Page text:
Some time tomorrow, Sydney time, Andrew Sullivan will post his final entry on The Dish, the influential and hugely popular blog he started in 2000.

Most (not all) of the reaction in the US has been laudatory. In fact, Sullivan has been praised not just as a pioneer of a new form of journalism, but as the most influential public intellectual of the last 20 years.

Sullivan's blog has meant a great deal to me, personally (read about my meeting with Andrew Sullivan), and you can see the Dish DNA in The Interpreter. Most importantly, The Interpreter has tried to encourage the spirit of conversation that Sullivan argues is so central to blogging ('The blogger...is—more than any writer of the past—a node among other nodes, connected but unfinished without the links and the comments and the track-backs that make the blogosphere, at its best, a conversation, rather than a production). Our Debate thread feature is to my knowledge the first of its kind and was designed to encourage just the kind of conversation Sullivan describes.

Yet as Ezra Klein points out, that spirit of conversation is getting harder to sustain in the age of social media. The Interpreter still has strong traffic flows to our homepage, but increasingly, readers are arriving via back doors, individual posts recommended to them via links on Twitter, Facebook or email. Those readers are interested in the story you are telling; they are not loyal to the masthead. So you can't assume they are aware of what else has been happening on your site, thus making conversations strung out over a number of posts harder. These readers want self-contained material, which encourages magazine-style writing with a clear beginning and end rather than the debate and discussion (laden with links to previous installments) that blogging encourages.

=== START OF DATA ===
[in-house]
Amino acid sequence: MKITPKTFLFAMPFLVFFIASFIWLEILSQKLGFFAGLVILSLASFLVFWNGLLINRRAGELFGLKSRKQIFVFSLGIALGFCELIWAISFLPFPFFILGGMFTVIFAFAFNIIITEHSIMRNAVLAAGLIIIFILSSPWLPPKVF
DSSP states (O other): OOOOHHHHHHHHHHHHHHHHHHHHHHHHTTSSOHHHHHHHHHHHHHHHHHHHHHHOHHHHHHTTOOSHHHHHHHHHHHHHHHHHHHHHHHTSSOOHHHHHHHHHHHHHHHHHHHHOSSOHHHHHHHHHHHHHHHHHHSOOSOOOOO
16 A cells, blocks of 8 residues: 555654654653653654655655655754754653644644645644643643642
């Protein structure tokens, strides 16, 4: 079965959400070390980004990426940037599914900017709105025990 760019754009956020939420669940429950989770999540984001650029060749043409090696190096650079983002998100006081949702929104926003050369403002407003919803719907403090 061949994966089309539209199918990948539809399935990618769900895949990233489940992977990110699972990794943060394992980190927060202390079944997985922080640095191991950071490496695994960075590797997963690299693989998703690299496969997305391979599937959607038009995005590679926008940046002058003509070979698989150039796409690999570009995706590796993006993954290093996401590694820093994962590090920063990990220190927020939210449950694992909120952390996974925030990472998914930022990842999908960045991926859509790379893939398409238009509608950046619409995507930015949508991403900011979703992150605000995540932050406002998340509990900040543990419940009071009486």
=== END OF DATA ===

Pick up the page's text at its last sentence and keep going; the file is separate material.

In truth, The Interpreter has always been more magazine than blog; yes, we publish in the bloggy reverse-chronological format, but we have an editorial team, a commissioning process, a cadre of regular columnists and other trappings of an online magazine. Yet that doesn't mean we have to let go of the conversational style that makes blogging so attractive as a form of writing, and The Interpreter will keep that spirit of conversation alive through our regular debate threads.